One might suspect that for the vast majority of businesses, energy efficiency would act as a win-win , given global drivers including Corporate Social Responsibility (CSR), and cutting costs through lower power usage. Indeed the global waste market has already proven how recycling became more appealing as prices for disposal made landfill a less attractive option fiscally, driving the greener alternative.

Raje agrees that the drivers do represent a win-win, but argues many technologies are still quite “unproven”, at least as far as real-world, 20-years-in-the-field experience goes. Also, owners are reluctant to adopt technologies that come with a high, upfront sticker price if the benefits will only accrue to the user or the tenant by way of operational cost savings. With this in mind, what changes can we expect to see in how tomorrow’s buildings are delivered with energy efficiency in mind?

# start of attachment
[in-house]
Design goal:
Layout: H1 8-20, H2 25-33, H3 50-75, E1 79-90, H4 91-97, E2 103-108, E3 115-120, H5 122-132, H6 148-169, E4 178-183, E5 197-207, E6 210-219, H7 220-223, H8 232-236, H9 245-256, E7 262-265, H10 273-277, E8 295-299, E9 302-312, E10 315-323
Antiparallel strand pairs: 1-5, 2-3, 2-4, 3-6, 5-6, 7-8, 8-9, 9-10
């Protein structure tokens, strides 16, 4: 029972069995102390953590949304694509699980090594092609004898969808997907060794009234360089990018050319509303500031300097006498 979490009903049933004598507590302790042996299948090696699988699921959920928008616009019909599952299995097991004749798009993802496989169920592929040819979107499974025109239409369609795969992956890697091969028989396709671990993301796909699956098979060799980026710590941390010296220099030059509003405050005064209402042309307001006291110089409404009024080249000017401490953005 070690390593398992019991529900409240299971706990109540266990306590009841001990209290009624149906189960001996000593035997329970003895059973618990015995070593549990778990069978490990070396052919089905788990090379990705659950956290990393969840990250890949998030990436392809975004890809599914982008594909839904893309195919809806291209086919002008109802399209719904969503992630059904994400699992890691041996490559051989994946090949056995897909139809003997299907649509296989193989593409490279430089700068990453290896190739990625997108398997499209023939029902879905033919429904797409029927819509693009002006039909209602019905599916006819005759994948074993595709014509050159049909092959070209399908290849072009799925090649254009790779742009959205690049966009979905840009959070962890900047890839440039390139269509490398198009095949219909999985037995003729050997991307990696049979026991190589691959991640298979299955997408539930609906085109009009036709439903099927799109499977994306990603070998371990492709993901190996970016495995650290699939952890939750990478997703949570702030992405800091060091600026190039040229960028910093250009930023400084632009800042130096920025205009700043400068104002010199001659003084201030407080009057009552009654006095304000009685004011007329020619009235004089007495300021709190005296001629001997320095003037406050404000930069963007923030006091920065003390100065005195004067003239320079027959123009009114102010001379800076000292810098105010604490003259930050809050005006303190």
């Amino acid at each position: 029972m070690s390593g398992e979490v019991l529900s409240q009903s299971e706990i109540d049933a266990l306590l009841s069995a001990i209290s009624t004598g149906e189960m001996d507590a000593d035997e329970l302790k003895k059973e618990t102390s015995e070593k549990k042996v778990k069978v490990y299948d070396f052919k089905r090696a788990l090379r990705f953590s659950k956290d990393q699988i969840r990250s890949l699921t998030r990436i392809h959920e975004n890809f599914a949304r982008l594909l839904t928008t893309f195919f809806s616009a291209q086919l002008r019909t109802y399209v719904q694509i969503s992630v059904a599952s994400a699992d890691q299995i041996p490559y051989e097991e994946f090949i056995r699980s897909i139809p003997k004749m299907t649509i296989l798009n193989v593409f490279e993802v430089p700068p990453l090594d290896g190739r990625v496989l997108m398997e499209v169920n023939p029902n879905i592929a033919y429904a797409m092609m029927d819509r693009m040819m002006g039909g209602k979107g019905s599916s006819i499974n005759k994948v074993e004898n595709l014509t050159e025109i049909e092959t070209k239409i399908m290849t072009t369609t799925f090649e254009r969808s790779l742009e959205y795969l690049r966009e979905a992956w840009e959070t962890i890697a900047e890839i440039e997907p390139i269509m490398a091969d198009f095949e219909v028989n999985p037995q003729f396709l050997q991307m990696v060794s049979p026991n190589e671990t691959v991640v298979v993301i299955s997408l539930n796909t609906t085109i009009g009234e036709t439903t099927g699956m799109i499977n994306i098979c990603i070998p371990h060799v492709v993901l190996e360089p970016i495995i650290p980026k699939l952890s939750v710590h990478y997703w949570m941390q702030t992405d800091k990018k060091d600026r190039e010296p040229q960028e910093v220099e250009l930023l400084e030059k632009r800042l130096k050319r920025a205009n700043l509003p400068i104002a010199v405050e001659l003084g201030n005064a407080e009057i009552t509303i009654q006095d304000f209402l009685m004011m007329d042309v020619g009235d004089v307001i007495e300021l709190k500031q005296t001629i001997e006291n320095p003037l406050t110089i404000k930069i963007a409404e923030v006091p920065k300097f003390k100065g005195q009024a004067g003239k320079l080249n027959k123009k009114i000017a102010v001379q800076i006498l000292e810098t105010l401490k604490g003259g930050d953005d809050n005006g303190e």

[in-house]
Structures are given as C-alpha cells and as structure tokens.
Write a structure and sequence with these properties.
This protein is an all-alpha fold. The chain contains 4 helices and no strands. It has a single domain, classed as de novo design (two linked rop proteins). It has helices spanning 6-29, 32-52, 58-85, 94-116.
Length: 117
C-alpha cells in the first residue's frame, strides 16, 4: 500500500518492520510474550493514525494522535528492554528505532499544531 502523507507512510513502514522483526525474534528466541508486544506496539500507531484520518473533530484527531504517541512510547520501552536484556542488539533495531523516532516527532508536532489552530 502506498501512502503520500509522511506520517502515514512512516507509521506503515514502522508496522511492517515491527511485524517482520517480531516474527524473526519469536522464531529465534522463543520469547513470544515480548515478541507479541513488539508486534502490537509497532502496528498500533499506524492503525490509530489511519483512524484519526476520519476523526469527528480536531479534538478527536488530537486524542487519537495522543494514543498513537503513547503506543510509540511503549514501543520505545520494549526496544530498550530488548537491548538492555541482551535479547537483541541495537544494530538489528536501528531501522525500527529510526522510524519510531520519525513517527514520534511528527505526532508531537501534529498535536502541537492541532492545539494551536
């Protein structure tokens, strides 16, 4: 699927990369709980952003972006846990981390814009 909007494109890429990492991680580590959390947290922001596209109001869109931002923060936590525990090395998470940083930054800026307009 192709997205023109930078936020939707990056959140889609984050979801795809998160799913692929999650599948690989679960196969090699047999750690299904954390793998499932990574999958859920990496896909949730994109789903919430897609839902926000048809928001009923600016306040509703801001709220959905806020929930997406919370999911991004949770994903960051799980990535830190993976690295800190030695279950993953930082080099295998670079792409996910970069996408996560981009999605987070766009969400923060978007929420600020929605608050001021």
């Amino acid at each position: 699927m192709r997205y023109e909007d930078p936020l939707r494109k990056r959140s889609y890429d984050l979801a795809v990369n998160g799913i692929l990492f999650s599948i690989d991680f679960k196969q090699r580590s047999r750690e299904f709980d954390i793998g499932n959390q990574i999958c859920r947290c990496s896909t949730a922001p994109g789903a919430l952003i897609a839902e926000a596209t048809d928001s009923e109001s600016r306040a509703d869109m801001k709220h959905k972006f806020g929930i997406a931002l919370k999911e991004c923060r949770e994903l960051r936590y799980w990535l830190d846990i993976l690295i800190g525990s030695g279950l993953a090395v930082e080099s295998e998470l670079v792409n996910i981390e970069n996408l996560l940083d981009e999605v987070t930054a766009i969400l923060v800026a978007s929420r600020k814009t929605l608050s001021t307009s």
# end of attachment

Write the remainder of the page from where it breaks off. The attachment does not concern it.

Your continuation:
“In the years to come, we expect to see fundamental changes in new construction, with energy efficiency becoming a primary design consideration,” says Raje. “Newer, more efficient equipment will certainly play a prominent role, but the change will run a little deeper. Architects and engineers are on a constant lookout for creative and innovative ways to reduce the heating and cooling needs of buildings.

“This goal will drive them to design buildings with HVAC efficiency in mind since the initial design of a building will limit the theoretical efficiency for a building’s lifetime. They will thus go beyond the innovations of today, looking at a building’s position and design, modern insulation and windows, and smart ventilation.”

Glancing towards the future, it is perhaps a safe bet that new regulations will affect tomorrow’s industrial buildings or housing stock. These tools might even lead to far more holistic concepts surrounding how we live and how we consume power, perhaps affecting our lifestyles in unexpected and challenging ways.